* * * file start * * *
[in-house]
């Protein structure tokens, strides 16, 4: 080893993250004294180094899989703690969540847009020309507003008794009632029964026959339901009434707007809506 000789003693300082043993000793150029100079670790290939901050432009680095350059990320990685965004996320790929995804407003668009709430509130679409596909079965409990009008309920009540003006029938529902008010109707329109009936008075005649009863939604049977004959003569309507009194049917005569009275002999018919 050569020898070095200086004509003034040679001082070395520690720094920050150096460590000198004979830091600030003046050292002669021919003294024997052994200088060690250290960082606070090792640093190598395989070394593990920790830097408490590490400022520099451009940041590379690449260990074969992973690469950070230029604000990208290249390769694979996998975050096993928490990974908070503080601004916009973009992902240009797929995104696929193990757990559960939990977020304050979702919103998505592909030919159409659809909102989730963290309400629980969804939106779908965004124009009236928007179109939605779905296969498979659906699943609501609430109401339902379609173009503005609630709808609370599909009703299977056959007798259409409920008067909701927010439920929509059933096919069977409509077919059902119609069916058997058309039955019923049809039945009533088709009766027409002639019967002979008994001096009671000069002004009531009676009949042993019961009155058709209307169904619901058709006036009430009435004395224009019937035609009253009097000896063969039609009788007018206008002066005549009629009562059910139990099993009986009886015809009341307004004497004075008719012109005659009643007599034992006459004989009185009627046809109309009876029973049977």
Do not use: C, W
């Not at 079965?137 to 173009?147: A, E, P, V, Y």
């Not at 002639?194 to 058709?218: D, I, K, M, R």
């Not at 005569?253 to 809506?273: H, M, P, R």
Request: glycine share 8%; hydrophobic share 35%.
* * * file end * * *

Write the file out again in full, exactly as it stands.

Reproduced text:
[in-house]
């Protein structure tokens, strides 16, 4: 080893993250004294180094899989703690969540847009020309507003008794009632029964026959339901009434707007809506 000789003693300082043993000793150029100079670790290939901050432009680095350059990320990685965004996320790929995804407003668009709430509130679409596909079965409990009008309920009540003006029938529902008010109707329109009936008075005649009863939604049977004959003569309507009194049917005569009275002999018919 050569020898070095200086004509003034040679001082070395520690720094920050150096460590000198004979830091600030003046050292002669021919003294024997052994200088060690250290960082606070090792640093190598395989070394593990920790830097408490590490400022520099451009940041590379690449260990074969992973690469950070230029604000990208290249390769694979996998975050096993928490990974908070503080601004916009973009992902240009797929995104696929193990757990559960939990977020304050979702919103998505592909030919159409659809909102989730963290309400629980969804939106779908965004124009009236928007179109939605779905296969498979659906699943609501609430109401339902379609173009503005609630709808609370599909009703299977056959007798259409409920008067909701927010439920929509059933096919069977409509077919059902119609069916058997058309039955019923049809039945009533088709009766027409002639019967002979008994001096009671000069002004009531009676009949042993019961009155058709209307169904619901058709006036009430009435004395224009019937035609009253009097000896063969039609009788007018206008002066005549009629009562059910139990099993009986009886015809009341307004004497004075008719012109005659009643007599034992006459004989009185009627046809109309009876029973049977």
Do not use: C, W
């Not at 079965?137 to 173009?147: A, E, P, V, Y």
């Not at 002639?194 to 058709?218: D, I, K, M, R």
């Not at 005569?253 to 809506?273: H, M, P, R």
Request: glycine share 8%; hydrophobic share 35%.